I haven’t seen The Three Caballeros since I was about eight or nine years old at my grandma’s house. And even then, I am not sure if I saw the whole thing, as it is incredibly boring for a child to sit through. If you haven’t seen it, it is basically a weird Disneyfied “documentary” (or maybe it is just “vaguely educational” instead?) that tells you a little bit about our beautiful friends to the south, the Central and South Americans, in little segments. Well, the plot is that Donald Duck receives a mysterious gift in the mail or something and then he watches it and we do too and so we learn with Donald, and that seems simple enough. Except of course that it turns out to be not that simple after all.
As with all good things, it began with boredom and YouTube, my adventure. And ends with my inability to craft a pleasant looking sentence, it appears! Well, this is what you get. Anyway, the other while ago I decided that I wanted to watch something. Now it is true that there is television and there are cable channels where I am, but it is also true that I have gone so much of my life without having a television of my own that I don’t really want to navigate channels and mute advertisements anymore. So there was YouTube. And somehow or another in the related video list, I noticed The Three Caballeros — FULL LENGTH.
Money is grosser than gross. It is essentially nasty garbage that everybody wants and feels compelled to carry around in their pockets. “Look at that nasty garbage,” people say, “I want it very much. I want to take the nasty garbage with my bare hands, and place it lovingly in the pocket of my pants. Then I will carry around the nasty garbage with me for some time, before exchanging it for goods or services, giving the nasty garbage to someone else who would very much like it. I love you, nasty garbage.” I might be paraphrasing.
After over two decades of experience and exhaustive research, I have concluded that no one should ever touch paper money. Not you, not me, definitely not your children or other loved ones. Not ever, and not even a little bit. Maybe you can let your pets handle your cash, but remember that that’s the same creature that eats its own poops and greets others by sticking its entire face in their assholes.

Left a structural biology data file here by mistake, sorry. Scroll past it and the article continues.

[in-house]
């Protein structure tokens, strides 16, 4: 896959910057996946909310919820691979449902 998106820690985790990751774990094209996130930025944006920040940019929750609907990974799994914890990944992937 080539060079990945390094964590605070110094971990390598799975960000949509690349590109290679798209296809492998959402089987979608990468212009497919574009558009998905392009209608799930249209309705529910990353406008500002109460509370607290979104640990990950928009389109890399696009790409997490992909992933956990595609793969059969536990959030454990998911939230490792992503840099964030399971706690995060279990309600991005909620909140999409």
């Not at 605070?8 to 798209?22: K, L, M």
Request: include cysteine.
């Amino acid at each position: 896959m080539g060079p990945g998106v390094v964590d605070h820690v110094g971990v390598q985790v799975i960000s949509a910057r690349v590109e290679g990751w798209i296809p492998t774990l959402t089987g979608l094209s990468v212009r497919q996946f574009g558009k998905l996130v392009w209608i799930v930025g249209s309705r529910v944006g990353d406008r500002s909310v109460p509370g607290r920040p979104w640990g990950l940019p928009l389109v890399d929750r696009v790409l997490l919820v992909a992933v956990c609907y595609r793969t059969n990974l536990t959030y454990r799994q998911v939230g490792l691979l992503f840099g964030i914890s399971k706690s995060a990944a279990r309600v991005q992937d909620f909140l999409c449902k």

Why is it that something so coveted by everyone should be so detestable? Why? WHY?! Calm down, psycho, you don’t have to yell. I’ll tell you.
I wouldn’t go as far as to say I am “afraid” of bugs. Honestly, I don’t possess a fear of them, and that isn’t coming from some macho part of me that wants to maintain dignity. If I was worried about maintaining dignity, I wouldn’t be telling this story in such a popular arena as this site. There is only one bug that I despise. One bug, that while I do not feel fear toward, still manages to fill me with a great sense of unease and near nausea. The Cave Cricket.
To make things even stranger, I wasn’t even rendered sick by these things until a particular event. Sure I never volunteered to have those rat bastards jump on me…
Today is a cold and windy night. Can you feel it? The breeze is howling through the trees like some sort of representation of the spirit of air, sending leaves falling and branches tapping on the dusty windows all night long. Beyond the windows is a hill, where I can see poor Daniel Haun approaching a mysterious light. Is he alone? Does Haun not know of the buddy system?
He appears to be following the light, which creepily floats up the slope and toward the spooky hill-top forest. Music starts to creep through the trees as his silhouette disappears behind some rocks. The soft yet abrasive twang of a banjo flutters through the leaves as the darkness encloses the forest.